It’s gonna be a loooong night.
It’s gonna be a loooong night.
big night. For a lot of us, it will be impossible to look away—or to feel okay.But you should still consider making an effort to protect your mental health, especially if you anticipate Election Day will be fraught and upsetting for you. While it’s not possible to completely escape the
bound to come with November 3rd, therearesome things you can do to look after yourself. So we talked to some mental health experts to get their tips.1. First, there’s no “right” way to spend Election Day.Let’s get this one out of the way, just because you might be feeling a certain way about how you think you “should” spend Election Day. Maybe you feel bad because you think tuning out would be better for your
, but you know you won’t be able to avoid getting sucked in. Or maybe you want to distract yourself by any means possible, but can’t help feeling like youshouldbe engaged.Here’s the thing: The election is going to happen whether you consume the updates or not, so try to trust your gut when deciding what to do. “Everyone knows themselves best,”
Alexa Mieses Malchuk, M.D., M.P.H., a family physician and assistant professor in the Department of Family Medicine at UNC-Chapel Hill, tells SELF. (Like many family physicians, Dr. Mieses Malchuk regularly treats patients with mental and behavioral health conditions like depression, anxiety, and substance use disorders.) “For some folks, watching a play-by-play as the election results unfold might help them relax and feel a sense of control over the situation. But other folks are going to need to plan an alternative activity that is fun and engaging to distract them from election night.”
2. You knew I was going to say this, but: Set social media boundaries.Both experts I talked to for this article—and plenty more experts I’ve been interviewing all election season—pointed tosocial mediaas a main contributor to election night stress. And 2020 stress in general. “If you're already in an anxious or distressed state, social media can amplify those negative emotions that you're having,” says Dr. Mieses Malchuk. “So I’d say, ideally on election night and maybe even in the days to follow, stay away from social media until you’re in a place to process the things that social media will present to you.”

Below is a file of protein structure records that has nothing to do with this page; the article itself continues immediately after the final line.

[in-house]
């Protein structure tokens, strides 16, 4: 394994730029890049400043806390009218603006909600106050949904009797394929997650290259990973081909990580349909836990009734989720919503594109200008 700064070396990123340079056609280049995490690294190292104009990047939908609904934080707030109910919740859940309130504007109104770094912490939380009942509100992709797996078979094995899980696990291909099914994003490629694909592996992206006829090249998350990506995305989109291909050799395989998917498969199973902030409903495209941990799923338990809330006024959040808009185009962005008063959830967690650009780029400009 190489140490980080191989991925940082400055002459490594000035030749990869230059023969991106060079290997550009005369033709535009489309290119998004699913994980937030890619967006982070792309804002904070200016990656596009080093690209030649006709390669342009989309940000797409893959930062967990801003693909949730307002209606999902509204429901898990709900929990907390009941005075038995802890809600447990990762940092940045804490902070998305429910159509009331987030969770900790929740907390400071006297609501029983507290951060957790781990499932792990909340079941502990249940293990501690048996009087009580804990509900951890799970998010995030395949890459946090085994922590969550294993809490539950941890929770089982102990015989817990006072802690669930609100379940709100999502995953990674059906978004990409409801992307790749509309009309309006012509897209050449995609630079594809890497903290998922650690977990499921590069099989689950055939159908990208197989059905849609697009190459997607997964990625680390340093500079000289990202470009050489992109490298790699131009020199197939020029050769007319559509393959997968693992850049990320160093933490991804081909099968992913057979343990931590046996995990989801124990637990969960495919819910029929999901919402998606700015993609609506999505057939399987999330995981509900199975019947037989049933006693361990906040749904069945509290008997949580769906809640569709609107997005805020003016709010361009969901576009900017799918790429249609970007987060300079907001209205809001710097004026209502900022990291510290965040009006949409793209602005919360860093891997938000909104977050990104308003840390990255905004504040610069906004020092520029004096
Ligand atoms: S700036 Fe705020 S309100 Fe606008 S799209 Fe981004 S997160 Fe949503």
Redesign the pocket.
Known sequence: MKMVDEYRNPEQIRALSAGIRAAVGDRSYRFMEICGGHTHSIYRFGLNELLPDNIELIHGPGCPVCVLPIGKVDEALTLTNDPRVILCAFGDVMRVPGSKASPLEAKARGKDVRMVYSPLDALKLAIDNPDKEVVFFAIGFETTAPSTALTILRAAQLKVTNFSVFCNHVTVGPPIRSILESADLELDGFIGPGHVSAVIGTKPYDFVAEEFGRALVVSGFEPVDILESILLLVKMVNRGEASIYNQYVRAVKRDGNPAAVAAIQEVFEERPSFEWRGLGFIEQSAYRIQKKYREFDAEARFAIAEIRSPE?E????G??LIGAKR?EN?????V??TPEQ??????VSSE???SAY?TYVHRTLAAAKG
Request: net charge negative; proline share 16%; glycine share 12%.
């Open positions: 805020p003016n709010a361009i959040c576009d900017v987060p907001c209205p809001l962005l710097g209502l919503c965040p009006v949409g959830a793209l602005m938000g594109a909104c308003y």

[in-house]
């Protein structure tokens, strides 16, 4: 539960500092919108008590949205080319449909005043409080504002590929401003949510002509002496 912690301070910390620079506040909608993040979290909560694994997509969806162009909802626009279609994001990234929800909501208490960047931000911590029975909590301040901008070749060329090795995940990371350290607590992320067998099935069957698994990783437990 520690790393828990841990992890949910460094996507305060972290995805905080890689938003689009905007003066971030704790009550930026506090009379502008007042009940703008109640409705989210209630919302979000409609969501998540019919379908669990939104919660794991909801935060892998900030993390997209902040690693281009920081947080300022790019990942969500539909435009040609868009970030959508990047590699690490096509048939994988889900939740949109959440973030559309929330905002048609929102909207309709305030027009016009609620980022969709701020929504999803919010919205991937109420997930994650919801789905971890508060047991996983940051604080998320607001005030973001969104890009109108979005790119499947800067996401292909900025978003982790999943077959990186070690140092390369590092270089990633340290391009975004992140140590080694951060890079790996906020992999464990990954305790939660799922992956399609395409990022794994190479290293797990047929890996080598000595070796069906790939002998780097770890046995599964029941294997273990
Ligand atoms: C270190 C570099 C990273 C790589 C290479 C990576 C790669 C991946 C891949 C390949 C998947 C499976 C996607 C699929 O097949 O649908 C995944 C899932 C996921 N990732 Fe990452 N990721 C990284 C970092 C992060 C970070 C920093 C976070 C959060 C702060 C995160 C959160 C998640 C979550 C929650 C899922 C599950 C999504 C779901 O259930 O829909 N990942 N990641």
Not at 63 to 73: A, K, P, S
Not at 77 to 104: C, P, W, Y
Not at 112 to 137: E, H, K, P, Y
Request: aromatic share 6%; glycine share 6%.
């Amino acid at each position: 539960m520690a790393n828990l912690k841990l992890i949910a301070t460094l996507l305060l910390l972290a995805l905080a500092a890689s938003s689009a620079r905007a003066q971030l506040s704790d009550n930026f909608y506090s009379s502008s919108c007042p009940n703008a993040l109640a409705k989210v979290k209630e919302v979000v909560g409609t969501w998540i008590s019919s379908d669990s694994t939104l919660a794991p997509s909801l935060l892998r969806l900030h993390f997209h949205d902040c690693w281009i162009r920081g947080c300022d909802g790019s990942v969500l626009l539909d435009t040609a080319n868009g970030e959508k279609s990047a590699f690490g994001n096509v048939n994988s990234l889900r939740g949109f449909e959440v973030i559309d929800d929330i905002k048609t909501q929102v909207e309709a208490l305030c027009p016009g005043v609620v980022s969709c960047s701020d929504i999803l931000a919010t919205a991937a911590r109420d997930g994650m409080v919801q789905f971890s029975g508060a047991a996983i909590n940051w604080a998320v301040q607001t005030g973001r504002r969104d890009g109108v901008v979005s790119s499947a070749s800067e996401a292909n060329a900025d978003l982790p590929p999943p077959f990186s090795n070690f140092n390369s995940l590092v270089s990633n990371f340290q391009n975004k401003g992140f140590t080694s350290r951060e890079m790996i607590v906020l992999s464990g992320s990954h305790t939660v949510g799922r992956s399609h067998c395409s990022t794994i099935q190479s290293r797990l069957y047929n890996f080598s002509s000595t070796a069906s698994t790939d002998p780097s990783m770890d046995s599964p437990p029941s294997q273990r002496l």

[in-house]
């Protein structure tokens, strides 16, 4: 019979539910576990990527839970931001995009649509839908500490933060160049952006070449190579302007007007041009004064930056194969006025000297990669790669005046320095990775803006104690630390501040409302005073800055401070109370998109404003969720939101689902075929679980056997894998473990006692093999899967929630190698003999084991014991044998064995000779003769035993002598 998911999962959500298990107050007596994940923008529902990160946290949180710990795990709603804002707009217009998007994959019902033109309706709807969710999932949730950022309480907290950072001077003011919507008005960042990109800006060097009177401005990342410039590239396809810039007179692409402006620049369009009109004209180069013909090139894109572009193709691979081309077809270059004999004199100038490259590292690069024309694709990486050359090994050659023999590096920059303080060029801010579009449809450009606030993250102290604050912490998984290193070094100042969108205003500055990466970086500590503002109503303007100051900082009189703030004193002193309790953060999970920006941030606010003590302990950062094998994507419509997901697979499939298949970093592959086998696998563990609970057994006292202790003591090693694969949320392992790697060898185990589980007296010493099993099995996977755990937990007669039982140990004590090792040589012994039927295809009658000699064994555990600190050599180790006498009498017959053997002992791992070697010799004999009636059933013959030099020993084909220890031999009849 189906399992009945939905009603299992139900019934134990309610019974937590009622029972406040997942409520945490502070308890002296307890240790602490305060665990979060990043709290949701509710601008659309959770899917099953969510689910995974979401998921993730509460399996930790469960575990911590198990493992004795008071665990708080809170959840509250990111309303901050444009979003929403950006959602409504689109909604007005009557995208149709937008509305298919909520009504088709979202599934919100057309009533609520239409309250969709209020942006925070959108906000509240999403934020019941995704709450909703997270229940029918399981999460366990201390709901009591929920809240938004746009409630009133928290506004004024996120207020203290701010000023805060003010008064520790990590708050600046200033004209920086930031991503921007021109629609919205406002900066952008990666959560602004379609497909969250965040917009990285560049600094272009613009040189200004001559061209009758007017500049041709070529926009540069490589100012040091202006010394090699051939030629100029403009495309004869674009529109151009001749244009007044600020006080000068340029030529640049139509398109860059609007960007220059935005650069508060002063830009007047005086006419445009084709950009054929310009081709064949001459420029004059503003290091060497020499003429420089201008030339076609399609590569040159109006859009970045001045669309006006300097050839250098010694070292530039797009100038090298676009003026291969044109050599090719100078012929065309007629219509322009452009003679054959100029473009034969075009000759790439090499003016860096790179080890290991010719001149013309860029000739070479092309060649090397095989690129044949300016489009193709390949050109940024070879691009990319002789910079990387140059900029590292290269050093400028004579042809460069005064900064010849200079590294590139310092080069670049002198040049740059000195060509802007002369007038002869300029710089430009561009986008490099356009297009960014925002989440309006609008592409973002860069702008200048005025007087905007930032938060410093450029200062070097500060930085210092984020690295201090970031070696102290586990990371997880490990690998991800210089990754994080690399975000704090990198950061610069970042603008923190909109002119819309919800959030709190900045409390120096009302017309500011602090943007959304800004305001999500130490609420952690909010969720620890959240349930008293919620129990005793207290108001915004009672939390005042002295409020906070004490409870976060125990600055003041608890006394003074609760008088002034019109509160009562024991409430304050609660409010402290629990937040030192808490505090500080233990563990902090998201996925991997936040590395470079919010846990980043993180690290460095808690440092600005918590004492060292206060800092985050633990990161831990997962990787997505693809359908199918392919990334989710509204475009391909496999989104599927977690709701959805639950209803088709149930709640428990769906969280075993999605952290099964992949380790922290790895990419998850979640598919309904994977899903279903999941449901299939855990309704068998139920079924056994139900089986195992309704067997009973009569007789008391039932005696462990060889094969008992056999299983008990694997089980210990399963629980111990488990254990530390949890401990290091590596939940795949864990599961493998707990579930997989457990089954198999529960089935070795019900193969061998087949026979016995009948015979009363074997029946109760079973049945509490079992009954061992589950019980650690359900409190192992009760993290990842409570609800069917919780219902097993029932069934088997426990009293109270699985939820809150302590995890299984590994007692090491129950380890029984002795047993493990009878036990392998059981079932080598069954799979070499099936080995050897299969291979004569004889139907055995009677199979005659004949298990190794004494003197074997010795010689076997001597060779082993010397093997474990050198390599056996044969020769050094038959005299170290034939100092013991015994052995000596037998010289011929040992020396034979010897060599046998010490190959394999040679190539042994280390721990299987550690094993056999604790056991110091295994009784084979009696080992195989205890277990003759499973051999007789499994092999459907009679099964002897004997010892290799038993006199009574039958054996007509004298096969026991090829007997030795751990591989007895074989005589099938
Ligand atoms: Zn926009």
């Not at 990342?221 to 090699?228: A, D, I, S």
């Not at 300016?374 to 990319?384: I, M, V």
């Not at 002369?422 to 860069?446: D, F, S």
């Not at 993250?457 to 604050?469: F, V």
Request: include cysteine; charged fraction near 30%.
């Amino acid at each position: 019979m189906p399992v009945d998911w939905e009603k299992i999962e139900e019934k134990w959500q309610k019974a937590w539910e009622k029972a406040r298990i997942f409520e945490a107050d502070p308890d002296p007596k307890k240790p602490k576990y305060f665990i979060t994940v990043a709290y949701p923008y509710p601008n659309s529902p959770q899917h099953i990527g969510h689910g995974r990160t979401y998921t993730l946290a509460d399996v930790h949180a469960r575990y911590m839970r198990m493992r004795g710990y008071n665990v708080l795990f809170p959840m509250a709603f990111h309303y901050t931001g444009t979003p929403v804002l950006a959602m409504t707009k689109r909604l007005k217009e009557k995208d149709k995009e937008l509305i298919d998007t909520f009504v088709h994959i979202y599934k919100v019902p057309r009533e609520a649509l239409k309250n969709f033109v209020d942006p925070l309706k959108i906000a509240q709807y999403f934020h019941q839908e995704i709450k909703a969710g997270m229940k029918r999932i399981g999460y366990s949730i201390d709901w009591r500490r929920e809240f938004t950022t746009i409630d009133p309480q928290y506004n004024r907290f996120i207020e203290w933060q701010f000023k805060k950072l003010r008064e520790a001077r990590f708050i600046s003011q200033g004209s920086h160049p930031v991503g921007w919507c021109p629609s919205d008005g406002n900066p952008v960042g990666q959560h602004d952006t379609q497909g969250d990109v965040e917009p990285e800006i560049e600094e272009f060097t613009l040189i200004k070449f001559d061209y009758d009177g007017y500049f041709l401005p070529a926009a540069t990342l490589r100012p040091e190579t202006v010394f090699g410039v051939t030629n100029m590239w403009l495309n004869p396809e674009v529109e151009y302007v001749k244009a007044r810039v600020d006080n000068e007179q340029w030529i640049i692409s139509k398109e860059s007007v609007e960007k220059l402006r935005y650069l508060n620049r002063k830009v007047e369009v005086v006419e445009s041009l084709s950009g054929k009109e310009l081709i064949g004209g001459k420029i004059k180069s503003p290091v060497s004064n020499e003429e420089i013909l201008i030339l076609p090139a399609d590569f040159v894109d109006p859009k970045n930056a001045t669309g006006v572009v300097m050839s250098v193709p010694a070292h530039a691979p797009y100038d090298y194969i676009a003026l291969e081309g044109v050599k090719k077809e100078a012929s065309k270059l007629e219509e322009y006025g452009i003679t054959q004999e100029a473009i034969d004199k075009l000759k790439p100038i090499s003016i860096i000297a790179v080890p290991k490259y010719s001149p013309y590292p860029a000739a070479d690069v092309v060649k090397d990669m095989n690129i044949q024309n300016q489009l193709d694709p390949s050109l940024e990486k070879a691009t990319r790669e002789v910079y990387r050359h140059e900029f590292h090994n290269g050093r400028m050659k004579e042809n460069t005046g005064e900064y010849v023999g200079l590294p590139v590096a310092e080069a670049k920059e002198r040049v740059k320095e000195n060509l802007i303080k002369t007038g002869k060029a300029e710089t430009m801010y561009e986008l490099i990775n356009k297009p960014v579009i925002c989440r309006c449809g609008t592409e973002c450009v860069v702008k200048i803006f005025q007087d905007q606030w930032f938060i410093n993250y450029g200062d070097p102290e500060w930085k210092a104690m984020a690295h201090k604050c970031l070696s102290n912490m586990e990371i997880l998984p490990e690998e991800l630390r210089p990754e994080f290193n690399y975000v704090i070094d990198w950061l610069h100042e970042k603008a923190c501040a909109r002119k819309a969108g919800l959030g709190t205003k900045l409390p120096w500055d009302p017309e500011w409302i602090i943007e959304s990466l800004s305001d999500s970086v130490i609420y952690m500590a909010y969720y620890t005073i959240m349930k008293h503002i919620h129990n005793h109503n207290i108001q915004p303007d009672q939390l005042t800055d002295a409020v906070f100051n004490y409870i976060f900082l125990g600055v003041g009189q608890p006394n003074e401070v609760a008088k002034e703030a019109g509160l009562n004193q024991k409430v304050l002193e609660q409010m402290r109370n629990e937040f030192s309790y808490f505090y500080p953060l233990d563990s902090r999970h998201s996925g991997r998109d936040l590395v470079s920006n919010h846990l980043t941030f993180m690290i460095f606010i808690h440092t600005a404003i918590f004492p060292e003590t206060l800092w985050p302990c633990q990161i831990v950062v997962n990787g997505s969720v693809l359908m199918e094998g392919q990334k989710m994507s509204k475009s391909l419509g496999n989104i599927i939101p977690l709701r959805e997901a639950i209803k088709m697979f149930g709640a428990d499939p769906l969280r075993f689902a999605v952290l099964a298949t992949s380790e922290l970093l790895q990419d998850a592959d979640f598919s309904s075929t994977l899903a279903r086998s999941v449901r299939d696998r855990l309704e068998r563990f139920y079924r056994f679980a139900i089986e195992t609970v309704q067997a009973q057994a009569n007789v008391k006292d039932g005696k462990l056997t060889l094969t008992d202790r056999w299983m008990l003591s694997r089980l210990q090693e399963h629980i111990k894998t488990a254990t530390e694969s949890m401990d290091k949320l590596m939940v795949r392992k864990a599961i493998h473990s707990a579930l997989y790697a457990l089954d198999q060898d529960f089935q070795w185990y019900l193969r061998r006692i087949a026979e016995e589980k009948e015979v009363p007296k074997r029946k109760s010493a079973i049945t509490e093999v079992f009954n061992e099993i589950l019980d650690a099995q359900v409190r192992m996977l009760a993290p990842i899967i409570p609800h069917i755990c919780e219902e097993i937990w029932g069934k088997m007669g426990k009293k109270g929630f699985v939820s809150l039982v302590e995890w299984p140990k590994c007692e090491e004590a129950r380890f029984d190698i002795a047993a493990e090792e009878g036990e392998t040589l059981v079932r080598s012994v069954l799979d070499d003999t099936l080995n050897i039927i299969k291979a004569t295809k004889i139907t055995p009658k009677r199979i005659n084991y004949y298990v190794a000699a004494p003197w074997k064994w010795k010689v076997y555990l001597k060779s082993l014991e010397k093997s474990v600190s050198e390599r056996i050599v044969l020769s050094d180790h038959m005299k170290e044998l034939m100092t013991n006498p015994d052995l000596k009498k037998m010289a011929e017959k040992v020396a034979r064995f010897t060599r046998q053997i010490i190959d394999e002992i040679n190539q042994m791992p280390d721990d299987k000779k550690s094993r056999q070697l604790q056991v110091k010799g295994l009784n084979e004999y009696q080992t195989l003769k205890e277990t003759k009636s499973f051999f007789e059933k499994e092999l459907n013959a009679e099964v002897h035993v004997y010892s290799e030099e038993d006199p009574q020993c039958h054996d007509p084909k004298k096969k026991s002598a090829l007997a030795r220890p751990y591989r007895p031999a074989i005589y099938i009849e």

But, of course, a lot of us hear this sort of thing and just kind of chuckle sadly because we know that’s never going to happen. In that case, think of some boundaries you can put in place to control your social media consumption in small ways. “I always suggest to people to establish a media-free zone in your home,”
Amanda Fialk, Ph.D., L.C.S.W., chief of clinical services at The Dorm, an NYC-based treatment center for young adults, tells SELF. That way, if you need a moment to step away from your phone or the news, you have somewhere to go. Even if it’s just the bathroom.
Here are some other quick ideas for boundaries:Set time limits, like only spending 20 minutes per hour looking at social media, and enforce them with alarms or self-control apps likethese.Create a list of accounts (like friends or people whose opinions you respect) and limit yourself to scrolling through that list or those accounts separately.
Choose one social media platform and stick to it (do you really need to see what that random guy from your hometown is posting on Facebook?).Know what you’re looking for before you open an app (like checking reactions to a specific poll standing) rather than just aimlessly scrolling.
3. Decide where you’re going to get your news updates.Speaking of social media, it’s not a great primary source ofnews. You’ll save yourself a lot of stress (and potential false alarms) if you choose a small handful of trusted places to get your updates. And if you are going to use social media to get quick updates, make sure you pay attention to sources—and read more than the headline.
Advertisement“If you’re going to be scrolling and scrolling, remember not to look to Twitter or Facebook as fact instead of delving in and understanding where your news is coming from,” says Fialk. “Unreliable news sources only add to anxiety.”4. If you can’t look away, aim to takeRead more: SELF »
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